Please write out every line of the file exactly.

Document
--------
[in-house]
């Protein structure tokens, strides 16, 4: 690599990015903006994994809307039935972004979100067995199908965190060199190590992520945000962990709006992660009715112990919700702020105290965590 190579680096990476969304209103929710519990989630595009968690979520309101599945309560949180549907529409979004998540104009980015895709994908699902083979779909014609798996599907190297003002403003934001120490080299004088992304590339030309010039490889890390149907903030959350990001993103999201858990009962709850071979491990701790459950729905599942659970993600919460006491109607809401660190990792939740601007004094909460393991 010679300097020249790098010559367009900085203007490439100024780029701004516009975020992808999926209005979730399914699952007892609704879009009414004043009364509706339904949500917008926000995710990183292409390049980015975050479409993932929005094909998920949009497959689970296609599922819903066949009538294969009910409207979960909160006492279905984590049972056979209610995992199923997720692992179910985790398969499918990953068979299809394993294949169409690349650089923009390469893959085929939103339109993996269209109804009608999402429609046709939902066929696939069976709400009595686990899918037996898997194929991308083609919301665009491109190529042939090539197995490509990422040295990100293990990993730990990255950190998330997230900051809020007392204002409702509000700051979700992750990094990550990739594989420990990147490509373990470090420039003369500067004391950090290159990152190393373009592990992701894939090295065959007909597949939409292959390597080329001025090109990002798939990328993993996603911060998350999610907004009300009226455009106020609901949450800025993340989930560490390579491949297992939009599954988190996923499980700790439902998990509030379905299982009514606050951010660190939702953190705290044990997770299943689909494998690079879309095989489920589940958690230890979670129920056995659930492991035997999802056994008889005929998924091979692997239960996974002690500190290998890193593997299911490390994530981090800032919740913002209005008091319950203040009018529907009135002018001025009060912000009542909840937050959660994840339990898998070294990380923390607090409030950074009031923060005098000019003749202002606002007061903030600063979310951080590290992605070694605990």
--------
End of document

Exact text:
[in-house]
């Protein structure tokens, strides 16, 4: 690599990015903006994994809307039935972004979100067995199908965190060199190590992520945000962990709006992660009715112990919700702020105290965590 190579680096990476969304209103929710519990989630595009968690979520309101599945309560949180549907529409979004998540104009980015895709994908699902083979779909014609798996599907190297003002403003934001120490080299004088992304590339030309010039490889890390149907903030959350990001993103999201858990009962709850071979491990701790459950729905599942659970993600919460006491109607809401660190990792939740601007004094909460393991 010679300097020249790098010559367009900085203007490439100024780029701004516009975020992808999926209005979730399914699952007892609704879009009414004043009364509706339904949500917008926000995710990183292409390049980015975050479409993932929005094909998920949009497959689970296609599922819903066949009538294969009910409207979960909160006492279905984590049972056979209610995992199923997720692992179910985790398969499918990953068979299809394993294949169409690349650089923009390469893959085929939103339109993996269209109804009608999402429609046709939902066929696939069976709400009595686990899918037996898997194929991308083609919301665009491109190529042939090539197995490509990422040295990100293990990993730990990255950190998330997230900051809020007392204002409702509000700051979700992750990094990550990739594989420990990147490509373990470090420039003369500067004391950090290159990152190393373009592990992701894939090295065959007909597949939409292959390597080329001025090109990002798939990328993993996603911060998350999610907004009300009226455009106020609901949450800025993340989930560490390579491949297992939009599954988190996923499980700790439902998990509030379905299982009514606050951010660190939702953190705290044990997770299943689909494998690079879309095989489920589940958690230890979670129920056995659930492991035997999802056994008889005929998924091979692997239960996974002690500190290998890193593997299911490390994530981090800032919740913002209005008091319950203040009018529907009135002018001025009060912000009542909840937050959660994840339990898998070294990380923390607090409030950074009031923060005098000019003749202002606002007061903030600063979310951080590290992605070694605990």